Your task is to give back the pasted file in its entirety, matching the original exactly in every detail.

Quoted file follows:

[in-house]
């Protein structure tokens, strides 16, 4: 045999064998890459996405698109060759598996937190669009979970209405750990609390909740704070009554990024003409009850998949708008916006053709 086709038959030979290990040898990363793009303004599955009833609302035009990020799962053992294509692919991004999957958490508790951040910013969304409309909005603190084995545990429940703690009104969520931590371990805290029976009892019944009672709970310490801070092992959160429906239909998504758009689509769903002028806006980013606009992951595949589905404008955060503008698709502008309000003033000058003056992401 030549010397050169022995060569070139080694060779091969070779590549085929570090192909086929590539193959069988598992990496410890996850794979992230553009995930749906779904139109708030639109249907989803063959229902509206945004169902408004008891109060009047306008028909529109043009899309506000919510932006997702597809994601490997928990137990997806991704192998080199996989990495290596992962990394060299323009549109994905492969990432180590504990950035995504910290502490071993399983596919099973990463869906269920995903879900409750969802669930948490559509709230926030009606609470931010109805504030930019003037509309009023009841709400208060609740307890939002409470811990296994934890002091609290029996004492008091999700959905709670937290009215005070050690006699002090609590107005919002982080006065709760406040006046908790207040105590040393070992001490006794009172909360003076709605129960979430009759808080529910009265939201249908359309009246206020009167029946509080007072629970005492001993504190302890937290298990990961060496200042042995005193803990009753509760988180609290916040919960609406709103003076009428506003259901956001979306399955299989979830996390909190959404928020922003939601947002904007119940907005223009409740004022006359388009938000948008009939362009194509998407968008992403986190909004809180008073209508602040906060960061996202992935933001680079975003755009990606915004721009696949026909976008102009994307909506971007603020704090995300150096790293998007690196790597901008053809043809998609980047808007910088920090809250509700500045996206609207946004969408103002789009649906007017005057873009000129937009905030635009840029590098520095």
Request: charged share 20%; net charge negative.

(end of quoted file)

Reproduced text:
[in-house]
């Protein structure tokens, strides 16, 4: 045999064998890459996405698109060759598996937190669009979970209405750990609390909740704070009554990024003409009850998949708008916006053709 086709038959030979290990040898990363793009303004599955009833609302035009990020799962053992294509692919991004999957958490508790951040910013969304409309909005603190084995545990429940703690009104969520931590371990805290029976009892019944009672709970310490801070092992959160429906239909998504758009689509769903002028806006980013606009992951595949589905404008955060503008698709502008309000003033000058003056992401 030549010397050169022995060569070139080694060779091969070779590549085929570090192909086929590539193959069988598992990496410890996850794979992230553009995930749906779904139109708030639109249907989803063959229902509206945004169902408004008891109060009047306008028909529109043009899309506000919510932006997702597809994601490997928990137990997806991704192998080199996989990495290596992962990394060299323009549109994905492969990432180590504990950035995504910290502490071993399983596919099973990463869906269920995903879900409750969802669930948490559509709230926030009606609470931010109805504030930019003037509309009023009841709400208060609740307890939002409470811990296994934890002091609290029996004492008091999700959905709670937290009215005070050690006699002090609590107005919002982080006065709760406040006046908790207040105590040393070992001490006794009172909360003076709605129960979430009759808080529910009265939201249908359309009246206020009167029946509080007072629970005492001993504190302890937290298990990961060496200042042995005193803990009753509760988180609290916040919960609406709103003076009428506003259901956001979306399955299989979830996390909190959404928020922003939601947002904007119940907005223009409740004022006359388009938000948008009939362009194509998407968008992403986190909004809180008073209508602040906060960061996202992935933001680079975003755009990606915004721009696949026909976008102009994307909506971007603020704090995300150096790293998007690196790597901008053809043809998609980047808007910088920090809250509700500045996206609207946004969408103002789009649906007017005057873009000129937009905030635009840029590098520095």
Request: charged share 20%; net charge negative.